figure::after {
  grid-column: 1/6;
  grid-row: 1/5; 
  content: "​";
  display: block;
  background: #e0dde4;
}
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That’s easily solved by moving the item along the z-axis using z-index:

figure::after {
  grid-column: 1/6;
  grid-row: 1/5;
  z-index: -1;  
  content: "​";
  display: block;
  background: #e0dde4;
}
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This last part is another important feature of CSS grid. Because grid allows us to stack things on top of each other, we are effectively working in the 3rd dimension; literally layering content on top of content like a stack of cards. This layering is done based on DOM order, so the last item ends up on top of the stack. We can use the z-index property to change this order to whatever we want. In other words, with Grid we are now for the first time able to lay out content along three axes: horizontal, vertical, and depth.

Backwards compatibility

At this point there’s a good chance you’re thinking something along the lines of “Sure, this is cool, but grid doesn’t work in older browsers, so you need to provide fallback options.”

Surprisingly, the answer is no.

This setup doesn’t require any accommodations for older browsers!

You can test it for yourself. Open the example in your favorite browser, go to the developer tools, and disable the two instances of display:grid.
Alt Text
What you get is the main image followed by the text. The faux shadow and background image disappear as if by magic, and the visitor gets only the content they are looking for, styled in a way that makes sense in their environment.

The “magic” at play here is basic progressive enhancement: Take advantage of whatever capabilities the current browser has without reducing the experience for those without those capabilities.

Of course we could use @supports to detect grid support and build out custom styles for browsers without grid support. If I published this on a real website, I would wrap the ::before and ::after rules using @supports to prevent older browsers from downloading the background image. But, as you see this is not necessary unless you want to add specific fallback styles.

The standard argument against this approach is that the result of doing nothing will be different users having different experiences. From my perspective, that's an argument with little substance: We have used responsive web design since 2010, so for the past 10+ years we've been shipping websites that look different on different screens. This is no different, except the responsive axes have been expanded to include not only viewport width and height but also browser capability.
Websites should provide the same information exchange and functional experience for all people.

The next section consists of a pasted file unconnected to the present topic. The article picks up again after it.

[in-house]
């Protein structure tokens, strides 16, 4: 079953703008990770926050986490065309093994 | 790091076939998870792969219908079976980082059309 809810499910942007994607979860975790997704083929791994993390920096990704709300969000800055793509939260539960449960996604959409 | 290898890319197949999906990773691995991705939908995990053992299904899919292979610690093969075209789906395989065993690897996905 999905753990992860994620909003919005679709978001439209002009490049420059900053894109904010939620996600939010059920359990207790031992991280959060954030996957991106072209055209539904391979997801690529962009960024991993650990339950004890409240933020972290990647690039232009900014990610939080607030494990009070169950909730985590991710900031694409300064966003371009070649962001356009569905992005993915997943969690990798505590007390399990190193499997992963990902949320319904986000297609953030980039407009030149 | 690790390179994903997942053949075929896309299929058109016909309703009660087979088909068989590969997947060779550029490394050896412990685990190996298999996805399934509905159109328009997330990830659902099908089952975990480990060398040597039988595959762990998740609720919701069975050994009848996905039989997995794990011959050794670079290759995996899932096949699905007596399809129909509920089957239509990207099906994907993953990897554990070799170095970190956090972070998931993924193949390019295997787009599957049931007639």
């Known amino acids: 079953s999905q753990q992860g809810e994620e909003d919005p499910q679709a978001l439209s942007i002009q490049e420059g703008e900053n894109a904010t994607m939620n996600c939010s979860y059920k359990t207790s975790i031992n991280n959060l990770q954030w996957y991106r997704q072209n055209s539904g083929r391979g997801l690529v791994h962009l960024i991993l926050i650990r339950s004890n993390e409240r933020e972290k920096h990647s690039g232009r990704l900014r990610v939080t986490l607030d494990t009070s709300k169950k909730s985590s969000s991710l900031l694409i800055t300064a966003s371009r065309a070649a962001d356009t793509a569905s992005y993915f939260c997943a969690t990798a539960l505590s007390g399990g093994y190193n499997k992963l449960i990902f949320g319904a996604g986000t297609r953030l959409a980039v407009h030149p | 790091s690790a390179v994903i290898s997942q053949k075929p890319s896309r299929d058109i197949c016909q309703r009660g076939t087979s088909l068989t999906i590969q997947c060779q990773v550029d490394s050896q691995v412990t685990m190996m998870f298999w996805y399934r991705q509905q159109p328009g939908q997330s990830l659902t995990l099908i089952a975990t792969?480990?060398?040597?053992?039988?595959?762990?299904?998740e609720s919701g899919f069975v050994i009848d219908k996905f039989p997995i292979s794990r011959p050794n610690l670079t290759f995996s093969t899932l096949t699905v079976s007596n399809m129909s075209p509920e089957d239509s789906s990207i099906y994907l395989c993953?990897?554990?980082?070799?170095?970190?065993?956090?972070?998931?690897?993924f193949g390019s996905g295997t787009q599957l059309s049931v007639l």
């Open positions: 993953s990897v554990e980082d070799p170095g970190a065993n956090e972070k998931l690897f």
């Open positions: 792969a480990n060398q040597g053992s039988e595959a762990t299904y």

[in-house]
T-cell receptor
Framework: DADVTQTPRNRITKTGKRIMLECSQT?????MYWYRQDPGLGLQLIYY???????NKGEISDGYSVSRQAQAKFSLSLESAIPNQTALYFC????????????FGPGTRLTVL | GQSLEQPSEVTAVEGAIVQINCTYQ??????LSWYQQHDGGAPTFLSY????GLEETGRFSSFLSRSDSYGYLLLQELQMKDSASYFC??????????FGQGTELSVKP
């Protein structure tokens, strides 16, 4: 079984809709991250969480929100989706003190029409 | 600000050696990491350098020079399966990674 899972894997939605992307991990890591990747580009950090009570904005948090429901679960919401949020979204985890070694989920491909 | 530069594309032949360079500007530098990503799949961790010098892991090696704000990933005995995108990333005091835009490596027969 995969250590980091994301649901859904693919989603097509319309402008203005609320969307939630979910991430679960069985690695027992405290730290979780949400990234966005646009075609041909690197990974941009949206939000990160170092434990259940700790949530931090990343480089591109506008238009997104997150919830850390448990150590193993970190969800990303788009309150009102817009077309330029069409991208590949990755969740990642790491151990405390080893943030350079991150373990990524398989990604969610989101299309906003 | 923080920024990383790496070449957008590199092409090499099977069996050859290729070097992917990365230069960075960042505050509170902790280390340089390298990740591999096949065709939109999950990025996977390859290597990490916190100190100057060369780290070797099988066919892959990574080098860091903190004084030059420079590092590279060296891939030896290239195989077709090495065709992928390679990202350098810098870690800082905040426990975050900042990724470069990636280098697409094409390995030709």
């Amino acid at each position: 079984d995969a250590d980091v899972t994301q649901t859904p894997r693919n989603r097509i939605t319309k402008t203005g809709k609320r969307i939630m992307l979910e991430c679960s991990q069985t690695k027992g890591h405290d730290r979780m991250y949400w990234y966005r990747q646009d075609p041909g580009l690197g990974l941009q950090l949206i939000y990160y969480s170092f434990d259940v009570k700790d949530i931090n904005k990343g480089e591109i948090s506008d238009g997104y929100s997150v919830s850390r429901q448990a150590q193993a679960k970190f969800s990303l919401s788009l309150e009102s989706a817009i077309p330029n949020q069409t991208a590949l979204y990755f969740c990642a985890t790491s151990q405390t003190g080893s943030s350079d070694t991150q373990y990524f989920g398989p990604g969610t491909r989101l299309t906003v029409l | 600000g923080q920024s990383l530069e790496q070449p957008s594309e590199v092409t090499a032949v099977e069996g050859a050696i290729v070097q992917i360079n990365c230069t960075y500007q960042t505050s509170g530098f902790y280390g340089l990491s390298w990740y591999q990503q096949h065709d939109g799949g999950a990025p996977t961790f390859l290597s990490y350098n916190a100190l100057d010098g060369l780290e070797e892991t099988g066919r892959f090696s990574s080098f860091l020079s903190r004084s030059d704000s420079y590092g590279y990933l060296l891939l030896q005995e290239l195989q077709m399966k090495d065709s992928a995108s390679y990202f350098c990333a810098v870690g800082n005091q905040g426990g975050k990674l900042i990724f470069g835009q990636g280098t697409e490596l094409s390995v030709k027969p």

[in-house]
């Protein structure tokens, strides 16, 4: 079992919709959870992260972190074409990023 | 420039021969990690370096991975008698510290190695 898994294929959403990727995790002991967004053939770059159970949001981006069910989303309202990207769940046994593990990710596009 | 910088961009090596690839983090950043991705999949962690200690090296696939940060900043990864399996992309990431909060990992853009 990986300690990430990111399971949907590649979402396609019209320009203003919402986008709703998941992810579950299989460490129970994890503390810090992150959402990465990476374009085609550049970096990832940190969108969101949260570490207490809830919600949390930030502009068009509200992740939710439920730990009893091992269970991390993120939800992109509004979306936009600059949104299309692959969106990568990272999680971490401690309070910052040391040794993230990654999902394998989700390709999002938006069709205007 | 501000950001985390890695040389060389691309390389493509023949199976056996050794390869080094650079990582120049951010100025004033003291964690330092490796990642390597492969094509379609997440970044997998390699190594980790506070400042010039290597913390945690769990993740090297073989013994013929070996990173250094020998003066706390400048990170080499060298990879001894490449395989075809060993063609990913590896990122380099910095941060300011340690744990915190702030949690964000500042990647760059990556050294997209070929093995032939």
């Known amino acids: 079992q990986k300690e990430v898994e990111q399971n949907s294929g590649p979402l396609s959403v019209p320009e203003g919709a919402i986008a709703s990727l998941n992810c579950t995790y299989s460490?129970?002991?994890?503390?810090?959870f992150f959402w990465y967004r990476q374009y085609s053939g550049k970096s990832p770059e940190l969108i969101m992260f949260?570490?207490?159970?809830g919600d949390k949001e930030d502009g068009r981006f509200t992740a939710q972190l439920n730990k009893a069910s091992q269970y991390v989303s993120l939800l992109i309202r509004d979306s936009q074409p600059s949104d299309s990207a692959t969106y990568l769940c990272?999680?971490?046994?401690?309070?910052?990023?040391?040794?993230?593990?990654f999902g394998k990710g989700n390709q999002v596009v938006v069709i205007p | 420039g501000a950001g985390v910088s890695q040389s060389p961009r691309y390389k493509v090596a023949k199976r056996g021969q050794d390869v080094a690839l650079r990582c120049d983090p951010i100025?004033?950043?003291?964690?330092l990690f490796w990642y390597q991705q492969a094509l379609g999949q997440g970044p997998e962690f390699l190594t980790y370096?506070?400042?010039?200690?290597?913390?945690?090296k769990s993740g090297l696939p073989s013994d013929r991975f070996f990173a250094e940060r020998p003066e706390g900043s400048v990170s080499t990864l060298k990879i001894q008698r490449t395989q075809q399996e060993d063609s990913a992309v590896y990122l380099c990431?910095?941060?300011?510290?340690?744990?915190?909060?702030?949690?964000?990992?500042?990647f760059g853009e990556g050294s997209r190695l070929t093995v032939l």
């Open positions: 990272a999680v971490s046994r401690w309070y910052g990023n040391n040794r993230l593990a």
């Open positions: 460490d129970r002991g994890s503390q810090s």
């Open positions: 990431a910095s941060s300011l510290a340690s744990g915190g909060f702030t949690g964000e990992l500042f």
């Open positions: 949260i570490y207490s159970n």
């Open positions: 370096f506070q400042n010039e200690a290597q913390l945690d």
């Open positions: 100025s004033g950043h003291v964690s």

At the very onset of this project I defined semantic HTML, and I said I didn’t want to make any changes to the HTML to accommodate the style. Thus every browser will get semantic parsable content that makes sense. Then I use CSS to progressively enhance the experience when grid is available in the visiting browser.

So what happens to that faux shadow and background image? Inspect your code and you’ll see when grid is disabled, they each collapse to a height of 0px. Normally when we add pseudo elements using ::before and ::after we set their width and height which would result in them showing up when grid is not present, but since I’m using grid, that’s not necessary: Given no instructions, grid’s default treatment of grid items is to stretch them to fit the cell they are presented in. As a result, the faux shadow and background image automatically stretch to fill the grid cells, and collapse to a height of 0 when no grid is present.

CSS layouts are now a platform feature

For as long as I can remember, CSS layouts were always a collection of carefully crafted hacks. That time is now over. Between grid, flex, float, multicol, and table, we have all the layout features we need built into the platform to make the layouts we want without having to modify our markup or employ clever hacks. Now it's our job to realign our way of thinking about layouts to use these modules in our daily practice. I built this example to give you a brief glimpse of what is possible and how these new modules open doors we didn't even know existed before. I invite you to join me as we explore this new future of CSS layouts together.

For more examples, and talks from many of the leading voices of our industry, head on over to An Event Apart and sign up for the 2021 Spring Summit!

--

Originally published on LinkedIn.

Discussion (1)

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alexandriastech profile image
alex ➡️ web dev journey 👩🏽‍💻🔍

I'm new to learning CSS grid but this definitely makes me want to continue understanding then fundamentals and all we can do with CSS. Very important post 👍🏼